Art Basel Hong Kong 2013
Artist: Zhuang Hui&Dan’er, Jiang Zhi, Liu Zhuoquan, Guan Yong
VIP Preview: 2013.05.22
Public Days: 2013.05.23 – 26
Zhuang Hui (b.1963) and Dan’er (b.1983) have collaborated together since 2005. In their work Leftover Material From the Carpenters, they have replicated 27 pieces of ‘off-cuts’ or debris produced by a carpenter. First molding the pieces with clay, the artists have casted these remnants into copper objects five times their original size. Commonly dismissed as surplus to our daily life, the enlargement enables viewers to become aware of the unique physical characteristics of these objects, which have been rendered in dramatic form. The artists have attended to every detail, going as far as to meticulously recreate the natural contours of the original wood pieces with acrylic. The sculpture embodies a contrast of materials and employs methods of production that unsettle a relationship between intrinsic value and an objects outward appearance. Lying across the exhibition floor, these irregularly shaped fragments mimic the craftsmanship and skill of the absent carpenter, whilst the dramatic ‘offcuts’ reappear like curious objects from a bygone era.
Jiang Zhi (b. 1971) works across a range from media from video, photography, writing, poetry, and sociology to interrogate the nature of the image. Rather than highlighting homogeny, the artist applies repetition to analyze permutations of change as a concept applies itself across a variety of materials, mediums, and subjects. Elegy is a series where ‘light’ is used as a counterpoint between its depiction in Western art history and its common description as ‘lines of light’ in the Chinese language. In this work, Jiang Zhi exaggerates the physical force of light to create a tension using invisible concepts such as pain. The fishhook nylon lines pierce a variety of Baroque still life subjects to unsettle classical associations of light used to signify salvation.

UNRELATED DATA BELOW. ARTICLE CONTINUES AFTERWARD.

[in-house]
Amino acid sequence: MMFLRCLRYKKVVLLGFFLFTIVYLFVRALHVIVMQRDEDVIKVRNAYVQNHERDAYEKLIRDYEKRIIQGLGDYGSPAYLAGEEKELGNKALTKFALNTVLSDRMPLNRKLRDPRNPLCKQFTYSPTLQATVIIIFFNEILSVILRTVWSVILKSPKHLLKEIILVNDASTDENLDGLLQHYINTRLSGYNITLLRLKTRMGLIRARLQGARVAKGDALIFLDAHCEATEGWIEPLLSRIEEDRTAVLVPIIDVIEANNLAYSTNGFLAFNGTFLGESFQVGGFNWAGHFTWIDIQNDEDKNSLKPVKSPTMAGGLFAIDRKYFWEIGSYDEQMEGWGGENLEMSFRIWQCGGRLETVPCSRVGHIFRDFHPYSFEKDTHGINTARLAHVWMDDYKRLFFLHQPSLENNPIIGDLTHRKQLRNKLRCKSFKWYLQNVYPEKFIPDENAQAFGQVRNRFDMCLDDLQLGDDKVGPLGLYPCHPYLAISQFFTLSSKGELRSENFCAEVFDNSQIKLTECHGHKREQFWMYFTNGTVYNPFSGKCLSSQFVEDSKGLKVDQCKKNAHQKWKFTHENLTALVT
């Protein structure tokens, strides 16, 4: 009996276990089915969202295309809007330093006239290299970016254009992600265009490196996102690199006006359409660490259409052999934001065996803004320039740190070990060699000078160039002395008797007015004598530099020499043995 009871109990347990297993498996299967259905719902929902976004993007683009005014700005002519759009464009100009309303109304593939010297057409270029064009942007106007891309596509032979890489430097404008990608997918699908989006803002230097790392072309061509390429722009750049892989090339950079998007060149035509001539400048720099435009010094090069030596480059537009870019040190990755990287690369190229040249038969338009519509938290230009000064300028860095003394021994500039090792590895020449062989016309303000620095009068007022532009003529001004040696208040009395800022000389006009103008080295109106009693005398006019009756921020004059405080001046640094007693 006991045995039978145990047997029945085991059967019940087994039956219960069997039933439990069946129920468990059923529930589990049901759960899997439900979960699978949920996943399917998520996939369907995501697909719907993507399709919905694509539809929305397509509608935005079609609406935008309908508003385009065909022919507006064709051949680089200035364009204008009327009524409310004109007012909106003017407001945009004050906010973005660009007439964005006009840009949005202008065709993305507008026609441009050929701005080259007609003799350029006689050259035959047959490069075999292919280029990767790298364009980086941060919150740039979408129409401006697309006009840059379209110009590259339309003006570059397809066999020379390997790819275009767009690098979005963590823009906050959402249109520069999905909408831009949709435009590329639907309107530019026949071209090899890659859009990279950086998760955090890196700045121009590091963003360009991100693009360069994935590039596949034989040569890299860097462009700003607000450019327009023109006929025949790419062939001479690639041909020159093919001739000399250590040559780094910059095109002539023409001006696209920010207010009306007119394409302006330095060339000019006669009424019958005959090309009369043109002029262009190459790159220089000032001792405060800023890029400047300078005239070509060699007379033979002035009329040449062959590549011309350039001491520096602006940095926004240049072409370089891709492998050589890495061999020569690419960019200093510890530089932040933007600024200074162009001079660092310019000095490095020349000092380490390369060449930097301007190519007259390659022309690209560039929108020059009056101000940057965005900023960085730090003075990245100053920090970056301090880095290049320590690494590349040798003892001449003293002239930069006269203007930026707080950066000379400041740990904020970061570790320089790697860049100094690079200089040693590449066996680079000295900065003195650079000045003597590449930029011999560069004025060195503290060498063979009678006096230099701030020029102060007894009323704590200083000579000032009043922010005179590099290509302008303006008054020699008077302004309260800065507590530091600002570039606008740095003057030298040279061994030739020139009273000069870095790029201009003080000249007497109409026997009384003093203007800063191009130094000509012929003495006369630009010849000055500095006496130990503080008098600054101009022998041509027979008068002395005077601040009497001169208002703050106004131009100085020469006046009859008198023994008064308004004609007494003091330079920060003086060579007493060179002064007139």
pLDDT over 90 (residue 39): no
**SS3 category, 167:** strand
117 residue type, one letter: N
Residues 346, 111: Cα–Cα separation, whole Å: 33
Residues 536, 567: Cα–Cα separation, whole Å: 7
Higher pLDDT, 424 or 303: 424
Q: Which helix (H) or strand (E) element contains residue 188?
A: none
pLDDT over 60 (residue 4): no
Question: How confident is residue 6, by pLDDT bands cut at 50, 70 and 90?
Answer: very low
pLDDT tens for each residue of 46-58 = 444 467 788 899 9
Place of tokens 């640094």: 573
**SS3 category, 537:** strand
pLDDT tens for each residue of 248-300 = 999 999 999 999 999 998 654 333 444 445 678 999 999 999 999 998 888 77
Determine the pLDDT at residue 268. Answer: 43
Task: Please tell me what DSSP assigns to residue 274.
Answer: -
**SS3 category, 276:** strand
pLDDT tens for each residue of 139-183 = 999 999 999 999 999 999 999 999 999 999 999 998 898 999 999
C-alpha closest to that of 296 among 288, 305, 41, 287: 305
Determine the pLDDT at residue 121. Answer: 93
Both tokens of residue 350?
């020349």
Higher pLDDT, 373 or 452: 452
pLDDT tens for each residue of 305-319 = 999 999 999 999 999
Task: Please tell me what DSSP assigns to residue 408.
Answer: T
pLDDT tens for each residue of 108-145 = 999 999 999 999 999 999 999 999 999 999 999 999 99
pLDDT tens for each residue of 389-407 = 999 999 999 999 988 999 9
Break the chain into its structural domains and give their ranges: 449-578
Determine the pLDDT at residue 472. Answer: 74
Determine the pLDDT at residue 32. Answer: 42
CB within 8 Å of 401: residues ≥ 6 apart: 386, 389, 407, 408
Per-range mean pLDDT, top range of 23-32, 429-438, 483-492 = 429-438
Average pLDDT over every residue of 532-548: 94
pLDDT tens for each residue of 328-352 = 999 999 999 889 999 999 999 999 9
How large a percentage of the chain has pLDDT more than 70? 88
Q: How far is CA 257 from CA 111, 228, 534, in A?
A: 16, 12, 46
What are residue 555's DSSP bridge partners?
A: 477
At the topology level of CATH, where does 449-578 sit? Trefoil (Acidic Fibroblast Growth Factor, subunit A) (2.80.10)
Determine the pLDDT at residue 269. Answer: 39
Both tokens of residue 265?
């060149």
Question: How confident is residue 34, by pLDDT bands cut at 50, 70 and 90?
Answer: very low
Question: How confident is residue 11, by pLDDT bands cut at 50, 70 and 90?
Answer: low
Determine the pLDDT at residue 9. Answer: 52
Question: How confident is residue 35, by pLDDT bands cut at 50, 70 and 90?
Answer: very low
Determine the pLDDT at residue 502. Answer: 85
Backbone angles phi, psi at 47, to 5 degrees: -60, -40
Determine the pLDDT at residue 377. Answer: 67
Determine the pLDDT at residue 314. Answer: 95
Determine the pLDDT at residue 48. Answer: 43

Liu Zhuoquan (b.1964) draws from the folk-art tradition of Neihua painting to play with our impulse to classify and collect images to understand the world. Neihua refers to an artisanal technique dating back to Qing Dynasty, when craftsmen would painstakingly render images onto the interiors of snuff bottles. Liu Zhuquan adapts this tradition by employig glass bottles suggesting a scientific laboratory, which house his visual experiments. In Tender Sweets, the artist realistically mimics the appearance of common chemical labels and combines this with smudges of mineral color to gently hint at a hidden violence underlying a potentially poisonous substance. The paintings are directly applied with a bent brush and often alternate between interior and exterior pictorial planes. Similar to vignettes, the artist describes his work as self-contained worlds that draw attention towards aspects of our daily lives, together the bottles propose an open system of interpretation, and they invite viewers to form multiple connections between each work.